But this is the Summers who has the ear of President Obama who ran on the need to overhaul infrastructure and reregulate the nation’s financial and banking system. Who’s on first? I thought it was Obama, who wants to push through a major social agenda and be known as the president who built a cross-country, high-speed, maglev transportation system and also led the US out of the biggest economic crisis ever. You have to put your foot down, Mr. President.
Eighth, Summers fired a derivatives whistleblower at Harvard. After suffering Enron’s collapse, Iris Mack, a derivatives researcher, sought a quieter life. Mack joined Harvard Management Co., a privatized company which managed the university’s endowment fund in 2002. To her surprise, she found the Harvard endowment fund was not so staid. In fact, it was involved in the same speculative trading as her former employer, Enron. Worse, after she spoke up about it to Harvard President Larry Summers’ chief of staff, Marne Levine, she was fired four months later for raising the subject. No academic freedom in finance, I guess.
Mack eventually sued (and won out of court) saying she was “shocked at the inexperience of her co-workers,” some not even licensed securities dealers. “The group I was working for had no background whatsoever to be working on [complex derivatives trades],” she told the Harvard Crimson. Traders were also using discredited variants of Black-Scholes statistical modeling, now acknowledged as having been at the heart of the 1998 collapse of Long Term Capital Management.
Bottom line: “When the bottom fell out” in 2007, Harvard’s endowment went with it. Her former boss, Jeffrey Larson, lost $350 million of Harvard’s cash in a hedge fund he’d started in 2005. Overall, the endowment plunged 22 percent in four months, with a projected collapse of 30 percent for the year. Iris Mack adds, “I’m not trying to pretend I’m omniscient or anything, but a lot of people who were quantitative traders . . . we knew a lot of those models were just that: guestimates . . . I wasn’t crazy, I knew what I was talking about. But maybe if more and more people had spoken up, the economy wouldn’t be the way it is now.” How prescient!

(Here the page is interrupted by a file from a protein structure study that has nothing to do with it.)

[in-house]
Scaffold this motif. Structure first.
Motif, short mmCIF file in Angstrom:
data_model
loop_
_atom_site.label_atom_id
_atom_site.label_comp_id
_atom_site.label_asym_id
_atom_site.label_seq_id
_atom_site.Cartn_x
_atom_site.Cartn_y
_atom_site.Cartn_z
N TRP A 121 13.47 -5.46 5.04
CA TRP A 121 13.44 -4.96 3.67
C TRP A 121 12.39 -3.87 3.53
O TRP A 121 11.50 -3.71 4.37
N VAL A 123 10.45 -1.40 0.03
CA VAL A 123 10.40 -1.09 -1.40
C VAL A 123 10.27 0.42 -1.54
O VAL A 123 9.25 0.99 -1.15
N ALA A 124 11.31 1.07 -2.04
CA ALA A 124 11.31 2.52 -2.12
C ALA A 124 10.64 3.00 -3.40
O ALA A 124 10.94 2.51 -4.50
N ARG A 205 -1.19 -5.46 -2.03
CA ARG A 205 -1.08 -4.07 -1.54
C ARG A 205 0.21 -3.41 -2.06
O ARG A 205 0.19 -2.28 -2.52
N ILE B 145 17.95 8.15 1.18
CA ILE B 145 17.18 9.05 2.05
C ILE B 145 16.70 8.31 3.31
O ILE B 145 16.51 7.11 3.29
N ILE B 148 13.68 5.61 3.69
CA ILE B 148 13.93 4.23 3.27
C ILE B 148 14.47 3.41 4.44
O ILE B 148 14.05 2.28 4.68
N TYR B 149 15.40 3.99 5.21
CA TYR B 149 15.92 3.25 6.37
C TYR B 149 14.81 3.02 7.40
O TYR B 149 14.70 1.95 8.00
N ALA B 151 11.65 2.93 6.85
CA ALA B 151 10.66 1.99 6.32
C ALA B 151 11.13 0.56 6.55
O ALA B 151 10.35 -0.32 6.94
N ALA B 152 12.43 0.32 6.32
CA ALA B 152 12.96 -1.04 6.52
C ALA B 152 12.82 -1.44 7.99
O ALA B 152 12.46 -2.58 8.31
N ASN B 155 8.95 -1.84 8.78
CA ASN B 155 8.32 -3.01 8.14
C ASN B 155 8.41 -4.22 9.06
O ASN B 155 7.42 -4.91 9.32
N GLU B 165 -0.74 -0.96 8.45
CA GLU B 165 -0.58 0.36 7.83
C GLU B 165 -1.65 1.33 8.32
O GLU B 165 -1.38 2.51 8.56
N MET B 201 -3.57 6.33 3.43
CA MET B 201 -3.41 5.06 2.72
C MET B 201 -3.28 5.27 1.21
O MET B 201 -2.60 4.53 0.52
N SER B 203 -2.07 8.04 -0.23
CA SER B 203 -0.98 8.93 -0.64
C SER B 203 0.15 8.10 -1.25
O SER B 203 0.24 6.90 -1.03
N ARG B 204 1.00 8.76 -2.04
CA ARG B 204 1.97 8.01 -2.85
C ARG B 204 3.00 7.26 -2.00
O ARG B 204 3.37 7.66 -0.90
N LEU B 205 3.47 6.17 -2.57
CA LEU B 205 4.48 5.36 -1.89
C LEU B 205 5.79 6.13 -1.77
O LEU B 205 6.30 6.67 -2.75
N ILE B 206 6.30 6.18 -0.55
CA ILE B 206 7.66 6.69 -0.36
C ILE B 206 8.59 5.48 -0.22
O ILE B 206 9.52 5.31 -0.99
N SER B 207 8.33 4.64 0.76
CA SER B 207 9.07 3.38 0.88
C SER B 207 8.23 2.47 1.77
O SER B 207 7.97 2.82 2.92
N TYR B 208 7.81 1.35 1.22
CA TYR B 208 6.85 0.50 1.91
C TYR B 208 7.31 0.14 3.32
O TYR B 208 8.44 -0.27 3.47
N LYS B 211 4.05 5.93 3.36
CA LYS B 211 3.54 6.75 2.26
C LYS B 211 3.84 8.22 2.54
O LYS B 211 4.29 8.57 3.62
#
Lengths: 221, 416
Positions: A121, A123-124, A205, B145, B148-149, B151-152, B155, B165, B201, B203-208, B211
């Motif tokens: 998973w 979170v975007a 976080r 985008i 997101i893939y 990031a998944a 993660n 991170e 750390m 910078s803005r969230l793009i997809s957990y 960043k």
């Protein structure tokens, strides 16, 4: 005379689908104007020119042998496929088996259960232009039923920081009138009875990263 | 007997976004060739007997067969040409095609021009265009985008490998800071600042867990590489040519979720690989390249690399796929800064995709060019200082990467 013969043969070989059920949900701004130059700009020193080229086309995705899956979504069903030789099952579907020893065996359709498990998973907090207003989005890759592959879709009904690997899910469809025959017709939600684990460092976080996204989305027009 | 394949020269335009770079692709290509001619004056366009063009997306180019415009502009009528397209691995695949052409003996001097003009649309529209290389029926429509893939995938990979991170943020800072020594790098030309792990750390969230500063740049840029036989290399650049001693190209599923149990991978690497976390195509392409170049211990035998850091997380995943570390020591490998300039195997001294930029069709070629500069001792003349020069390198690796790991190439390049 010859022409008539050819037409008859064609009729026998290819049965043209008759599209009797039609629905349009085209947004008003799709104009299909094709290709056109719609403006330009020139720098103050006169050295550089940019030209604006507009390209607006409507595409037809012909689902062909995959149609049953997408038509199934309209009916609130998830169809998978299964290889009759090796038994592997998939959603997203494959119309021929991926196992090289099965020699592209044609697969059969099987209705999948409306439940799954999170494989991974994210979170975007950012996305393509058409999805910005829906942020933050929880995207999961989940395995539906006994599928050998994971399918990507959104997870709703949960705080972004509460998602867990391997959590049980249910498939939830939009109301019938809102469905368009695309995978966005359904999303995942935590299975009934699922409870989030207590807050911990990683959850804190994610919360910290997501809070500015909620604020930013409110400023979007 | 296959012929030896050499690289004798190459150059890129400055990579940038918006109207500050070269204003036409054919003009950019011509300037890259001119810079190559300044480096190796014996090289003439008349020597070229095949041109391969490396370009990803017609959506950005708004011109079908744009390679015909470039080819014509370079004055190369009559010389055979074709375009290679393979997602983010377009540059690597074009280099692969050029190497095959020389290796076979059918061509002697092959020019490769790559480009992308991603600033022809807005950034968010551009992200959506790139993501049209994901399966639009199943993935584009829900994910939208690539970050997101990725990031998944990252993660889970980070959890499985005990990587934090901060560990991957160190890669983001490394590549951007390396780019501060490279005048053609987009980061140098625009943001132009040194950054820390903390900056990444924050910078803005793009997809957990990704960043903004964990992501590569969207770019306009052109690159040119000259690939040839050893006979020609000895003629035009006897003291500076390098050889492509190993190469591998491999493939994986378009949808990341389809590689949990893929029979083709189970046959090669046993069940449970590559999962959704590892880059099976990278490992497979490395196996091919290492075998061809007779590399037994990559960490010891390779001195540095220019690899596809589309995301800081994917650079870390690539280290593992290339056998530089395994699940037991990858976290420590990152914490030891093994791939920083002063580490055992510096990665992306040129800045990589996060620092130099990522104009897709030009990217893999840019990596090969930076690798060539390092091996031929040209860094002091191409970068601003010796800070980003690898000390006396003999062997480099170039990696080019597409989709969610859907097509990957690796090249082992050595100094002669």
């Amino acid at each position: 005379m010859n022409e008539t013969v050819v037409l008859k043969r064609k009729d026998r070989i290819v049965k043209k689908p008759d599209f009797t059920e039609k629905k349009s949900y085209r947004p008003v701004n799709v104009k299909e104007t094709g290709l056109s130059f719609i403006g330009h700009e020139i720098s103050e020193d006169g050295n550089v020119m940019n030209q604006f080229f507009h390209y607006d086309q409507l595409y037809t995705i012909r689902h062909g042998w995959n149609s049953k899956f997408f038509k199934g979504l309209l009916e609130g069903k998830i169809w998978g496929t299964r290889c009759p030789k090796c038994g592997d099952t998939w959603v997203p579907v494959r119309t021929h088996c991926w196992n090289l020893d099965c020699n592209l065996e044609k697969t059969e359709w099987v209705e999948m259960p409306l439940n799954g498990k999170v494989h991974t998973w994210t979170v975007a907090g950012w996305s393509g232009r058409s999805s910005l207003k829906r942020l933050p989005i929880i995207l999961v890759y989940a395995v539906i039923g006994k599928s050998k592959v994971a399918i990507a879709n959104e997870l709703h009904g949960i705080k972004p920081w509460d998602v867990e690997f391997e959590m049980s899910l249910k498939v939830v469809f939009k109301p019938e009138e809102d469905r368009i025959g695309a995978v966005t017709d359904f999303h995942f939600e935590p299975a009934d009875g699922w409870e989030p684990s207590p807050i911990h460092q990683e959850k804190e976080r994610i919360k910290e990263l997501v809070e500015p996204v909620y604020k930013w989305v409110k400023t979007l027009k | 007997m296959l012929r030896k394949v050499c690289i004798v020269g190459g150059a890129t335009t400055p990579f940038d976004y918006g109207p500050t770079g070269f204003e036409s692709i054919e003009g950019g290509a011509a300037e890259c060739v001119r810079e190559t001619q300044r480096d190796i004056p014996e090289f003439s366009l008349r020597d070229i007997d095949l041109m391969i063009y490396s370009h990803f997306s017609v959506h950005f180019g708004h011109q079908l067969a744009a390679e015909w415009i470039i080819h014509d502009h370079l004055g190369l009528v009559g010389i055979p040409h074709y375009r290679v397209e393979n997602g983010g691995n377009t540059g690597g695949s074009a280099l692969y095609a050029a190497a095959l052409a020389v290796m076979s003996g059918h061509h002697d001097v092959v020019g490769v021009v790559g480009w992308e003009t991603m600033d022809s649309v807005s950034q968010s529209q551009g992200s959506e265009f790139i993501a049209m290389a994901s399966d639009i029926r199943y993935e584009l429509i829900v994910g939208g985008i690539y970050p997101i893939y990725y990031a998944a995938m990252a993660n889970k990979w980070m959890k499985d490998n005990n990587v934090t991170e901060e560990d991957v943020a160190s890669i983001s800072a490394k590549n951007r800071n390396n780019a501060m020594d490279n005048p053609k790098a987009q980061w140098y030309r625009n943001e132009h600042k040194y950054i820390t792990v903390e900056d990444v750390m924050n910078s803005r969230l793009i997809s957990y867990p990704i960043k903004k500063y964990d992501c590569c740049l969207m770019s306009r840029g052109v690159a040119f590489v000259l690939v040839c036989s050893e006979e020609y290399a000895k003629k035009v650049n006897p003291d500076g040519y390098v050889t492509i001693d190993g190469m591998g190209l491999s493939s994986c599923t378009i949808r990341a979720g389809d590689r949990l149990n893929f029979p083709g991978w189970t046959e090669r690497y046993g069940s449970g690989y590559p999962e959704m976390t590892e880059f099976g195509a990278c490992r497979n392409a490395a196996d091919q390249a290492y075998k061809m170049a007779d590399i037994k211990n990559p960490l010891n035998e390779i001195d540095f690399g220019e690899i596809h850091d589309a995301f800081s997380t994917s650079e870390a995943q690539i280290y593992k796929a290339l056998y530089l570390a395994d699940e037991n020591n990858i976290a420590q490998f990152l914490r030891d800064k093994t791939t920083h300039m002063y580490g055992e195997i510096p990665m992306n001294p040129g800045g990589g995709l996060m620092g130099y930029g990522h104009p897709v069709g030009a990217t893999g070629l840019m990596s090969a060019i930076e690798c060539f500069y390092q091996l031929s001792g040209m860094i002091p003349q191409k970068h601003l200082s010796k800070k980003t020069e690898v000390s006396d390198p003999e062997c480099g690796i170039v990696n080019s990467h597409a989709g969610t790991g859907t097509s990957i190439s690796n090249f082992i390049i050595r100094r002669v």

And so it goes. There is also the terrible story about what Summers did to the Russian economy in 1999, but let’s save that for another day and hope he doesn’t do it to America in 2009. If you’re not convinced this guy’s not only a free-market loose-cannon, dangerous to and heedless of anyone around him, read as well Debra Hanania-Freeman’s President Obama Must Dump Summers To Save His Presidency at LaRouche’s Executive Intelligence Review. Summers should not be advising Obama. Summers should be looking for new employment. It’s that simple. Sack him, President Obama. And give America, yourself and your vision a chance to survive."